How Everscale repelled attacks on the network
May 01 5 min read

This report uses technical language specific to the Everscale blockchain that may be unfamiliar to readers. To make things more clear we have included a small glossary of terms below.


Opcode — an assembly language instruction that specifies certain atomic logic to be performed by a virtual machine

Masterchain — a subset of the Everscale network. The consensus, blockchain configuration and staking logic happen on the masterchain.

Main Workchain — the part of the Everscale blockchain where smart contracts are deployed, dApps are hosted and major user-facing activity occurs.

Collator — a validator node that is currently assigned to produce (collate) blocks. Block collation involves multiple stages where nodes manipulate the Internal Message Queue to validate and apply new transactions and include them in a block.

Internal Message Queue — an internal data structure that stores the messages to be processed by a node execution layer. The inefficiencies in some parts of the code that manipulated this data structure during the collation timeframe caused the incident in question to happen.

Chain split — a workchain feature that assigns different subsets of accounts to be processed by separate validator groups depending on the current load. Chain Split enables a network to execute smart contracts in parallel in order to withstand an increasing load.

Chain merge — the opposite of a Chain Split. When a load decreases, the split chains are merged back because multiple validator groups are no longer needed.

Downtime — the full or partial halt of the network for a set period of time.

Key takeaways

  • A smart contract consisting of two opcodes and a specially prepared initial state was deployed and executed on the mainnet.
  • Due to the combination of the two opcodes, the contract exploited a flaw in the implementation of the Evescale execution layer.
  • This flaw allows devs to write code that leads to the execution of a large amount of code, while paying a very small fixed price for it.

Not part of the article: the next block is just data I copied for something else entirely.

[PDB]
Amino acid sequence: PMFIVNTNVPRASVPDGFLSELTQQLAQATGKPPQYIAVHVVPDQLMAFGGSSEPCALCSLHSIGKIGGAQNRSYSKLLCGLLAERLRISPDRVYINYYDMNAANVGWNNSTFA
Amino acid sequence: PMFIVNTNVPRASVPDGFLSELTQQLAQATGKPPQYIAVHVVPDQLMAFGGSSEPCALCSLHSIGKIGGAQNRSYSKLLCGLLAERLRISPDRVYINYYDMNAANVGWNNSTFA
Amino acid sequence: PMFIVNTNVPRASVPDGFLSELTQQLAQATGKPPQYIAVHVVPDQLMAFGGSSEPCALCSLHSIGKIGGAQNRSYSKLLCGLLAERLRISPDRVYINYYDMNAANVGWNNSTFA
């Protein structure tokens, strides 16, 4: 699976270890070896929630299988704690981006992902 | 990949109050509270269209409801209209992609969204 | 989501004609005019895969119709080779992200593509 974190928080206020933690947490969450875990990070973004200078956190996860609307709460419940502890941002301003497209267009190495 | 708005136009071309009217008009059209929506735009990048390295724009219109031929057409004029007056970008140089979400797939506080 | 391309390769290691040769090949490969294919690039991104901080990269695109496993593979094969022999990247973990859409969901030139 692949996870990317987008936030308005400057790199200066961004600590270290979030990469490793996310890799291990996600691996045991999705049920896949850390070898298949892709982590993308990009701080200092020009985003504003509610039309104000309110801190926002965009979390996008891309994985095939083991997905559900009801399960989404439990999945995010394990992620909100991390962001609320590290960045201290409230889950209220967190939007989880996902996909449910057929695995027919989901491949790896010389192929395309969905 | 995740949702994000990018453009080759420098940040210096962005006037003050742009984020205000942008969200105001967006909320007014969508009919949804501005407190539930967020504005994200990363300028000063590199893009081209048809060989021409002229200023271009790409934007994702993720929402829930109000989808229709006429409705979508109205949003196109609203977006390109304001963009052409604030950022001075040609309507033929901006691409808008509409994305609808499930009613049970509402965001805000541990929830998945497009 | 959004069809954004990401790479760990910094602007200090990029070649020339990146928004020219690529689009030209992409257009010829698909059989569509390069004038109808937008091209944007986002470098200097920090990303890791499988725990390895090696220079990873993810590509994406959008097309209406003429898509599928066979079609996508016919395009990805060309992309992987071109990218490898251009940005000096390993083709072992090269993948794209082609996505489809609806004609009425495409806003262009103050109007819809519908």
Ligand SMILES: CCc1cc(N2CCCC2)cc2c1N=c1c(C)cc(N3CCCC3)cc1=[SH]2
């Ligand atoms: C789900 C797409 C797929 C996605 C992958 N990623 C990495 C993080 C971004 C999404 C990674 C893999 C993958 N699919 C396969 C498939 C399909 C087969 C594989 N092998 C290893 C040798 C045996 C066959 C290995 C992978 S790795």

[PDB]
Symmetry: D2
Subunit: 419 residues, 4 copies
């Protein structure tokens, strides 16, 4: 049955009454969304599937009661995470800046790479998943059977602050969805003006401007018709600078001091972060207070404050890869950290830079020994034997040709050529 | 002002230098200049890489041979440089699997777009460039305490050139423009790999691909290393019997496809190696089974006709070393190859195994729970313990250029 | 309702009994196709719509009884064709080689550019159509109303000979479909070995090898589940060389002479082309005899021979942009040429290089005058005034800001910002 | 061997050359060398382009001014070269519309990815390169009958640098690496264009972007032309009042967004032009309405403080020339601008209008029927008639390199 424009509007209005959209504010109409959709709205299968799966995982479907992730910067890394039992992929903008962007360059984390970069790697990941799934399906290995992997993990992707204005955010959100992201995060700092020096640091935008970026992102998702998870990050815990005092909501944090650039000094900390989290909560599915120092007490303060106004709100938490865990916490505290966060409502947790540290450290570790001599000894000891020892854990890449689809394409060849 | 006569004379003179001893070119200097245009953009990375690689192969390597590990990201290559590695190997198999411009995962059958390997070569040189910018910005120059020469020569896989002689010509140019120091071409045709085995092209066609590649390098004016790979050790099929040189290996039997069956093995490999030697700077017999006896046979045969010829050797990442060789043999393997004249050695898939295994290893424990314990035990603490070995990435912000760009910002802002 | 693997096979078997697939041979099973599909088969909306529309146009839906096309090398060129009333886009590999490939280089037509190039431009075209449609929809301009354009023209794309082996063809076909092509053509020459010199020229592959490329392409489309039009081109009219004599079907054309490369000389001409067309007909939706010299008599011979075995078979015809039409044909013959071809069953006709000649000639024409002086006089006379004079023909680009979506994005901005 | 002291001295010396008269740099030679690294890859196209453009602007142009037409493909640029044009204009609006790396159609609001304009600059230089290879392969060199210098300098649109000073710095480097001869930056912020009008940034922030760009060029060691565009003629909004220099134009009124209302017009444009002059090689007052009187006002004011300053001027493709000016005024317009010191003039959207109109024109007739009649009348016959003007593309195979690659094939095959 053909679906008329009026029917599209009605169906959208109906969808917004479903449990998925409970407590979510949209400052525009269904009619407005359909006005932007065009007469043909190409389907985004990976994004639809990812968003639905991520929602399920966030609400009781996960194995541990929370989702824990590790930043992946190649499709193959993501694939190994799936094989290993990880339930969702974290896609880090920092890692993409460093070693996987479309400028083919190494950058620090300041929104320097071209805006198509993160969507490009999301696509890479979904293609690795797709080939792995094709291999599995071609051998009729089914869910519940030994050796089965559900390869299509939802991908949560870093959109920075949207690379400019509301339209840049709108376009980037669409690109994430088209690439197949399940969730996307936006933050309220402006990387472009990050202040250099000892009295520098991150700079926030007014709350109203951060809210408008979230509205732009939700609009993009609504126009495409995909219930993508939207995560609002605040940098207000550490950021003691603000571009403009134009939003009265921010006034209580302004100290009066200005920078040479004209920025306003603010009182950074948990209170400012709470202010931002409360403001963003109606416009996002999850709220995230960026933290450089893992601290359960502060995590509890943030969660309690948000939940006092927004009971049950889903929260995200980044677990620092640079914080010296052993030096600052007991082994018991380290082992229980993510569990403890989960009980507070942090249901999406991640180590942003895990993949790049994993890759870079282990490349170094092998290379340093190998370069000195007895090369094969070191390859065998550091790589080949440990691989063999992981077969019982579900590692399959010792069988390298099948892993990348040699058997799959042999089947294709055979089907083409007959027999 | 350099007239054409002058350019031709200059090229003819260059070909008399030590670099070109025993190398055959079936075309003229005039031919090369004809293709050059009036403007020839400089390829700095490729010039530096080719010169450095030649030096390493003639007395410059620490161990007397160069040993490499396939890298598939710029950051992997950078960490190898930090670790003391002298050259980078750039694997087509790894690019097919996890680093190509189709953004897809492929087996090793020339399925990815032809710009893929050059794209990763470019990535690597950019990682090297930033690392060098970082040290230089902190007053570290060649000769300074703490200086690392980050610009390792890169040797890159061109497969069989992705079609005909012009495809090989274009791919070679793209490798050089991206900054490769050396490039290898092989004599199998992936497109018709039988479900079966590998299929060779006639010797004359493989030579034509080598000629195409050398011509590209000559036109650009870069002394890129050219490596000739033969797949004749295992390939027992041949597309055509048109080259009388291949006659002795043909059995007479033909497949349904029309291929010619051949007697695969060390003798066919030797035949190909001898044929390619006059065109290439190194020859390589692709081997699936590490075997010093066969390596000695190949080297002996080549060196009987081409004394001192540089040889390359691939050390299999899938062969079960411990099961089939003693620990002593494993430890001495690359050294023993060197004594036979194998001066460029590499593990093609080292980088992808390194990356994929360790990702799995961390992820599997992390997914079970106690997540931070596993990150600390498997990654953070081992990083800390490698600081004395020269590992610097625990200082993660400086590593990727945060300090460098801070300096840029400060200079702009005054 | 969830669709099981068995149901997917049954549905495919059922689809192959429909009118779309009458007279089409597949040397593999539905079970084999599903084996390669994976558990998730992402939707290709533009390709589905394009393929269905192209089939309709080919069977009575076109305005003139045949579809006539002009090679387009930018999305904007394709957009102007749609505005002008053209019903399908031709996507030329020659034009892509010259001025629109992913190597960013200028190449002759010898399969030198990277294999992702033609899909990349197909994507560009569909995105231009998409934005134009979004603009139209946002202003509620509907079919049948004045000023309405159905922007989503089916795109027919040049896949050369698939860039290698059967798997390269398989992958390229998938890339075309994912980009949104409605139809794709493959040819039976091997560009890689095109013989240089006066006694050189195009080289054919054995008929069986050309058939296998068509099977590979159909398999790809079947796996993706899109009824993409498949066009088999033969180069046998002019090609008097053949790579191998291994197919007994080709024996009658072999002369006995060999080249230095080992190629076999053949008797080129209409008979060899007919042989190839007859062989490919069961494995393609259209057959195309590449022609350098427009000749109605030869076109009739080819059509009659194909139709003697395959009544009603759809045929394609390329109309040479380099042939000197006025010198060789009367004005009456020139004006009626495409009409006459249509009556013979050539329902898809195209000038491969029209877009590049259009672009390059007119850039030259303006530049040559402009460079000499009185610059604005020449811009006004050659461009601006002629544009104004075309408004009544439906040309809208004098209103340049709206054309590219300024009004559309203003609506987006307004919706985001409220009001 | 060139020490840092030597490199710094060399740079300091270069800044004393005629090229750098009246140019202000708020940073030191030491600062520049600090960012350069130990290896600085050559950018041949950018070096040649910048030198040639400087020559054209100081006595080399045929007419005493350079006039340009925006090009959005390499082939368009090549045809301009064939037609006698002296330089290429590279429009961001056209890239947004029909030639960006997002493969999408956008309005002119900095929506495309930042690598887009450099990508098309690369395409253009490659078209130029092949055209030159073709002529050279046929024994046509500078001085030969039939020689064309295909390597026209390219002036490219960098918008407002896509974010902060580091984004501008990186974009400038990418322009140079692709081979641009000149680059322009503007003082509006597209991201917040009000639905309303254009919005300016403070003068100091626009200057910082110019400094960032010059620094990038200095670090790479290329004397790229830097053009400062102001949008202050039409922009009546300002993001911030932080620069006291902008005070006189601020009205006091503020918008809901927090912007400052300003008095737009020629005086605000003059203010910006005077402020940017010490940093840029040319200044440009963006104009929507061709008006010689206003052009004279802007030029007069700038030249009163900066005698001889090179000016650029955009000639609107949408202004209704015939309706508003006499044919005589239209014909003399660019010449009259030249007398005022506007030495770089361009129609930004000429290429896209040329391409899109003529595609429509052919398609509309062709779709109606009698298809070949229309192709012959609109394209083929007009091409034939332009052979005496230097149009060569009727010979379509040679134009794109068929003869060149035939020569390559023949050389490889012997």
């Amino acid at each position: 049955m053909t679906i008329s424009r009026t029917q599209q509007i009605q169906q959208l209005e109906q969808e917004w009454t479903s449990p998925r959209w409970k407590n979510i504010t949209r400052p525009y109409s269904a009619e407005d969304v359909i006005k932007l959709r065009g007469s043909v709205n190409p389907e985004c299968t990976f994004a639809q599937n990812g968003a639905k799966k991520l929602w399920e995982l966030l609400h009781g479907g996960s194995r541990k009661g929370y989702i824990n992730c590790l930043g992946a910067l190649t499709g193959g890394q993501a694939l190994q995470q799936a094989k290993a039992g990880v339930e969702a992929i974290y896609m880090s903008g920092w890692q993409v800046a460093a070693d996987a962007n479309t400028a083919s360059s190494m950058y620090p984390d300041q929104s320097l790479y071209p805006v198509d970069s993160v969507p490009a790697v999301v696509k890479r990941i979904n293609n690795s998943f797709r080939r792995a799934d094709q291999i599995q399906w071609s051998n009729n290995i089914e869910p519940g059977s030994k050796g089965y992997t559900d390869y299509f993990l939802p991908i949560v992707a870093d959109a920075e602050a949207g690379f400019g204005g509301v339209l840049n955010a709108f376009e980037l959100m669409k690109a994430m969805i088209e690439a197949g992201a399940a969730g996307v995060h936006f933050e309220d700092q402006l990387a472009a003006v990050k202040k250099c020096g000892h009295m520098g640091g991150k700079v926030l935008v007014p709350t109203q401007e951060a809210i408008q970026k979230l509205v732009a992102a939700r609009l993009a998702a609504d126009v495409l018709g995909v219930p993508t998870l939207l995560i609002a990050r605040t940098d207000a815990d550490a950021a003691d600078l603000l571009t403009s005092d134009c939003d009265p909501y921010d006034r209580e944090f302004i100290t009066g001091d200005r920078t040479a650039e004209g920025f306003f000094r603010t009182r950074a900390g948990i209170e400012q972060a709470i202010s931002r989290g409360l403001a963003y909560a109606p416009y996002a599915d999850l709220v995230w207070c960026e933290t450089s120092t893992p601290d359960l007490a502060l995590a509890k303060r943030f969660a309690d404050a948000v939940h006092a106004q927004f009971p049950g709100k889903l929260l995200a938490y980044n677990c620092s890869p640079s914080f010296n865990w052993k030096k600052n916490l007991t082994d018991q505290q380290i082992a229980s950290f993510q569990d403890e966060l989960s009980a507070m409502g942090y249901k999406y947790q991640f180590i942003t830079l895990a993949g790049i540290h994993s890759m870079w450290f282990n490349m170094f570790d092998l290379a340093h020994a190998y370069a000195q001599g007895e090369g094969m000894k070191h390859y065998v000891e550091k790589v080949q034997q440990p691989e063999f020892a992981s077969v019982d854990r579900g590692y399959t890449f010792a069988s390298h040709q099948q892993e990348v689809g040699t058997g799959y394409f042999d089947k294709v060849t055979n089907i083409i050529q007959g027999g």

• The apparent technical flaw is actually an economic issue in the system.
  • The node team considered several options to mitigate the issue but decided upon one after passing through internal tests in various configurations.
  • On the first day of the downtime, it became clear that adequate solutions would take more than two weeks to implement, including development tests and an initial audit.
  • The committee concluded that such a long downtime is unacceptable and decided to temporarily disallow the execution of the exploiting smart contract, and apply some improvements to the node execution layer. These updates are obviously not final and further upgrades are in the process of being implemented.
  • The network upgrade was carried out in two stages:

1. Node upgrade by the network’s community of independent masterchain validators.

2. Node upgrade by Base Workchain validators

  • The upgrade did not require a fork of the network but changes have been made to the configuration of the blockchain. The coordination of the network’s community of validators played an important role in resolving the incident.
  • The network has successfully processed all user transactions that were initiated during the downtime.
  • No user funds have been impacted

Incident details

On April 25th, 2023 at approximately 9 am CET, the Everscale Mainnet began to experience abnormal activity. This was caused by multiple attempts to exploit an inefficient piece of logic in the node execution layer.

The first attempt did not succeed and the network continued to operate in a normal fashion, with message processing, block creation and the splitting mechanism left intact.

However, during the second attempt, a certain point was reached at which users began to experience the effects of the exploiting smart contract. Namely, the network could not process the transactions tied to the exploiting contract due to internal message queue growth. At this point, the inefficiency in the piece of code that processes the above-mentioned queue began to affect collator node operations. Block creation became too expensive in terms of time resources, which caused fewer transactions to be included in a block. This triggered the network to merge shardchains that had been split before. In simple terms, the network started to “think” that the load had decreased, when it actually had been increasing more and more. When the queue of internal messages reached the threshold size, the collator node was no longer able to produce new blocks because it was busy executing inefficient message queue data structure manipulations.